By Sunday Ani ([email protected])
In Lagos State, South-west Nigeria, there is an emerging trend on how and where people urinate and defecate. In time past, it was common to find people urinating by the side or corner of major roads like the express or highways and sometimes, inside the gutter along the streets. It was also common to see people defecating by the side of express and highways. However, such people would always try to hide themselves behind shrubs no matter how scanty. Again, they made sure they did so within 50 metres or more away from the main road.
Nowadays, the story has changed. Today, you find people urinating and defecating openly on the road without entertaining any iota of fear or shame. Instead, it is the passers-by, who turn away their faces from such ugly sights and briskly walk away from the scene.
The new 10-lane Lagos-Seme Expressway, still under construction is a reservoir of such oddities. From Mile 2 down to Agboju, able-bodied young men are seen at any time of the day, but particularly in the morning and evening hours, defecating on the new road under construction. Men are the main culprits in this defecation rendezvous but both men and women are involved in messing up the road with urine.
The courage and shamelessness displayed by those who are involved in this inglorious act leave one wondering whether all is well with their mental state. Sometimes, they are seen defecating in groups of three, four or even five, as they puff on sticks of cigarette freely.
The same or similar scenario plays out at the auto parts market inside the Lagos Trade Fair Complex along Badagry Expressway. As soon as you get into the compound fencing the market, by your right hand side, you see caution signs written boldly on small billboards, warning people not to urinate around the place, as the penalty for doing so is N5000. There are about five of such warning signals placed within the triangular shaped area but beyond that spot, at the far left hand side, men are seen defecating without any disturbance. However, the difference between those at the trade fair complex and those on the Lagos – Seme road under construction is that the former have few shrubs that cover them up to their waist, unlike the latter that exposes their entire body to the public.
Investigation revealed that those who engage in the same act along the rail lines are not that daring. They are afraid of being caught by security agencies, so they defecate mainly at night when they are hardly noticed. Most of the rail lines that crisscross the length and breadth of Lagos fall victim of this indecent behaviour. From the rail lines that run through Ijora, to the one in Oyingbo and Oshodi down to Ikeja Along, the story is the same; people dropping faeces indiscriminately along these routes.
There is yet another class of people who prefers to move their bowl at the bank of Lagos lagoon. Anytime they are pressed, they would go to the bank of the lagoon and defecate inside the water. Just like the ones who do theirs on the road, they are also courageous and proud doing that. Like their road counterparts, sometimes they do it in groups of two or three, as they smoke cigarettes or marijuana.
One common trait between the two groups is the uncommon courage, which they muster to look menacingly into the eyes of the passers-by, who, most of the times, are forced to look away and hasten their pace in order to leave the vicinity.
Daily Sun investigation revealed that over 95 per cent of people involved in the act are those who have accommodation problem. They are people who either live under the bridge, inside the garage and inside make-shift shops or those who sleep inside rickety abandoned vehicles, which abound everywhere.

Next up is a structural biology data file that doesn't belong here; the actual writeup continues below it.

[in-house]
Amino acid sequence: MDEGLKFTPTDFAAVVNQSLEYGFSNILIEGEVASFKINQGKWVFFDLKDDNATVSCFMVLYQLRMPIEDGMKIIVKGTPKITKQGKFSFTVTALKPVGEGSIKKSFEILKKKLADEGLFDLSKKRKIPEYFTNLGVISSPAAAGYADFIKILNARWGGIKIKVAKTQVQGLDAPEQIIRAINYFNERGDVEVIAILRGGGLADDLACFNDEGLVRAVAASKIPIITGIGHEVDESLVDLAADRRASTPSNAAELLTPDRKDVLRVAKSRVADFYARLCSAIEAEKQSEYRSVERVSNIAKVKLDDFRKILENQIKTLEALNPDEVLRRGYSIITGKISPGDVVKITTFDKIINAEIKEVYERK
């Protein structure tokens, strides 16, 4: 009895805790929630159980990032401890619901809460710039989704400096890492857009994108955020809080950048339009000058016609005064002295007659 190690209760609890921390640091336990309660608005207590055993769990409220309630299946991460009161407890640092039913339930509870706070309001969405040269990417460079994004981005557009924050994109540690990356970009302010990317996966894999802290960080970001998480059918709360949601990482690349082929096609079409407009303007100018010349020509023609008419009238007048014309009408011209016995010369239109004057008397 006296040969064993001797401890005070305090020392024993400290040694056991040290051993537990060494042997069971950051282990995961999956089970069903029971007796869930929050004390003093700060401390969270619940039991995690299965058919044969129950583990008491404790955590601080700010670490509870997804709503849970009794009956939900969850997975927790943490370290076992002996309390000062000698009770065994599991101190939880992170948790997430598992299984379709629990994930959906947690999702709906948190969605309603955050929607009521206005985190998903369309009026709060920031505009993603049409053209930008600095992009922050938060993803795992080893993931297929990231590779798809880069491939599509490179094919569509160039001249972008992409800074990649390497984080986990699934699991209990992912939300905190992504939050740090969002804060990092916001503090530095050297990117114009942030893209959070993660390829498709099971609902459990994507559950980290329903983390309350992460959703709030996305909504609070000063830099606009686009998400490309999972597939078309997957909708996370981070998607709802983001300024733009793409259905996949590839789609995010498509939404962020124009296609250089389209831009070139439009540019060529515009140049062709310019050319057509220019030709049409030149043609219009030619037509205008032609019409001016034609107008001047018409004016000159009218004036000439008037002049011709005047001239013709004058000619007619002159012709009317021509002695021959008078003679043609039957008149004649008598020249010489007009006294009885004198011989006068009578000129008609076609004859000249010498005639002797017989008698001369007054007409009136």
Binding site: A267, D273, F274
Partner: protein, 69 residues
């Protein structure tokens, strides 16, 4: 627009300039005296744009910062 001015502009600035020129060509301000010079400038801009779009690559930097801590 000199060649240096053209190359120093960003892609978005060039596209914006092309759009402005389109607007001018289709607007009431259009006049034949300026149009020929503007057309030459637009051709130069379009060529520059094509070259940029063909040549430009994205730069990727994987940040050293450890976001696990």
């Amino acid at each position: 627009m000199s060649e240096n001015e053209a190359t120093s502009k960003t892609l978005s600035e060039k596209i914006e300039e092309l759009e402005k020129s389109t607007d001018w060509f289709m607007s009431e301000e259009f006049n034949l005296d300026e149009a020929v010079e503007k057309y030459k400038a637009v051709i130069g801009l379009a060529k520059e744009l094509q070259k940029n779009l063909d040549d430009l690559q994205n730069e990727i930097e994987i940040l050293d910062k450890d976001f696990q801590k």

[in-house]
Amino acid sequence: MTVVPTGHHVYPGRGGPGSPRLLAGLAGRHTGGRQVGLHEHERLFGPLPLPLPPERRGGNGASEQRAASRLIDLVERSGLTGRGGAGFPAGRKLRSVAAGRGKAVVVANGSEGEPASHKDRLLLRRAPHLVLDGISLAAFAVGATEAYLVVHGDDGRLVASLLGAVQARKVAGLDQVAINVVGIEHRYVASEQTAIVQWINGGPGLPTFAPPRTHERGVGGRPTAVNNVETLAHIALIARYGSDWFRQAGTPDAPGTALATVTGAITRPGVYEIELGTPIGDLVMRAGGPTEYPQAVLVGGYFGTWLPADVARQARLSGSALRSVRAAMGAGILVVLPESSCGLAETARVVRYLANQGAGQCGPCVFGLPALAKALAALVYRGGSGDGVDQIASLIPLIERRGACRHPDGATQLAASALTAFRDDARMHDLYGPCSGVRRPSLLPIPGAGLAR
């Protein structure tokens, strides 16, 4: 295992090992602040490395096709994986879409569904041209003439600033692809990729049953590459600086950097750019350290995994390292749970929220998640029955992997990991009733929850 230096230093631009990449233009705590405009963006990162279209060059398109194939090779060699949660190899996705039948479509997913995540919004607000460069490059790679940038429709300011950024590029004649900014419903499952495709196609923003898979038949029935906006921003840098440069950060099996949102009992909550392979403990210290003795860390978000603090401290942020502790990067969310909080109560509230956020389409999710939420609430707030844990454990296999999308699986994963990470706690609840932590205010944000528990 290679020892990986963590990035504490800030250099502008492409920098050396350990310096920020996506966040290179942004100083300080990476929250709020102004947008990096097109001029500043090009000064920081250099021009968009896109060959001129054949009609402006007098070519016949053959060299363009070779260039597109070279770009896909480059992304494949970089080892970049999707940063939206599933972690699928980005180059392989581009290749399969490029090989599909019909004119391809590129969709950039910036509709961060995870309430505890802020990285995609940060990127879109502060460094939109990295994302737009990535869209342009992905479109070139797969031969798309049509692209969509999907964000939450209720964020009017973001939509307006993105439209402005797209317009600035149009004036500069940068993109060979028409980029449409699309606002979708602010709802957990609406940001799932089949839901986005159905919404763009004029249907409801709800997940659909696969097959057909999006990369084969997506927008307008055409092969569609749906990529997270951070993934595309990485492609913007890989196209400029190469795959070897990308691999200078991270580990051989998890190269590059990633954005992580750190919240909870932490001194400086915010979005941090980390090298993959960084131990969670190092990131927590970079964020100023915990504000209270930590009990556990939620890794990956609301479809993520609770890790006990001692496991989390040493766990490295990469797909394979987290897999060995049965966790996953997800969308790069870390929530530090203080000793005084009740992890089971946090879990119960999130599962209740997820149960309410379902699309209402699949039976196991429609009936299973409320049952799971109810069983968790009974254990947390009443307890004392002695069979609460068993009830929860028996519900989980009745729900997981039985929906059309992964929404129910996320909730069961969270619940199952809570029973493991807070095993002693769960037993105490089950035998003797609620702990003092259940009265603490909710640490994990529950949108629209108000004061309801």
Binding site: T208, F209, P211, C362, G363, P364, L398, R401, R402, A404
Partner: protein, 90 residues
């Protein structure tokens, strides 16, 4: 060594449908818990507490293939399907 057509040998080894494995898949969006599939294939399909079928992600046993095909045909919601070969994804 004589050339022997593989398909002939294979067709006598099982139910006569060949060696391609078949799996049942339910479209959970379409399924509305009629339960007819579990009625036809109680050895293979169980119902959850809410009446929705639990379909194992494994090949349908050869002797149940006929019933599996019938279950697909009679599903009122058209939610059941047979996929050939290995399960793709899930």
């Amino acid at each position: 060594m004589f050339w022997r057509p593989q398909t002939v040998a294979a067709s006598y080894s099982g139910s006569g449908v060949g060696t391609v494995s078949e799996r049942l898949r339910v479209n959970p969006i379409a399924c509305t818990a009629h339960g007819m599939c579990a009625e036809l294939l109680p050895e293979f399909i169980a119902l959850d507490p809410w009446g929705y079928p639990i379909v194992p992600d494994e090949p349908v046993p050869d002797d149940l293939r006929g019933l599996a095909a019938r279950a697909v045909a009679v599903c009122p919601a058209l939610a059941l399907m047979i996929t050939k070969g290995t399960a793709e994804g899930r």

It was equally gathered that people who live in houses that do not have toilet facilities are also actively involved in the game. They are the ones who are guilty of defecating inside black nylon bags, which they carefully drop on the middle of the road sometimes.
Commenting on the development, a man, who identified himself simply as John, said all blames should go to the government for refusal to take care of its citizens. Mr. John argued that providing public toilets, which take between N20 and N50 from individuals just to urinate is evil because most people who are involved in the act cannot even afford such infinitesimal amount. He argued that such facilities should be copiously made available at no cost because some people are too poor such that instead of spending N20 just to urinate, they would rather channel the money into a more important need since they can always urinate inside the gutter or by the side of the road.
He said: “This city is a wonderful place. A lot of things happen. Some landlords in ‘face me-I-face you’ houses do not provide toilet for their tenants. So, where do you expect such tenants to defecate? The answer is obvious. They would do it anywhere that is convenient for them. Apart from such people, hundreds of thousands of Lagosians are homeless. Some of them cannot even find a place to lay their heads in the garage; they sleep on the road. For instance, the Lagos-Seme 10-lane expressway, which is still under construction, is home to many Lagosians. You may not know this until you visit the place about 10:00 or 11:00 o’clock in the night and you will be surprised at the number of people you will see sleeping on the road, defying every danger.
“I blame the government for all of these. Government should be able to provide shelter, which is one of three basic necessities of man, to its citizens. After food and clothing, the next important thing to man is shelter. A responsible government should be able to provide that for its people. And where it is not possible to do that, public toilets should be provided at no cost for the citizens’ usage and they should be provided at every nook and cranny of a major city like Lagos. But, here such a thing does not exist. The few public toilets that are provided are not properly maintained and they charge so much just for somebody to urinate. That is wicked and the reason many people resort to messing up the environment. Government should wake up to its responsibilities, please.”
For the President and Founder of SelfWorth Organisation for Women Development, Mrs. Chinyere Anokwuru, the action amounts to a health hazard, waiting to happen.
Commenting on such acts, she said: “Honestly, I don’t think it is right. It is not good at all. In fact, it is a health hazard, waiting to explode. It should not be encouraged.”
She thinks that those who are involved in such acts are mainly the homeless Lagosians, who sleep in the garages or under the bridges. “I believe that those doing it are mostly people that sleep under the bridge; they don’t have houses in Lagos. They shouldn’t be encouraged,” she submitted.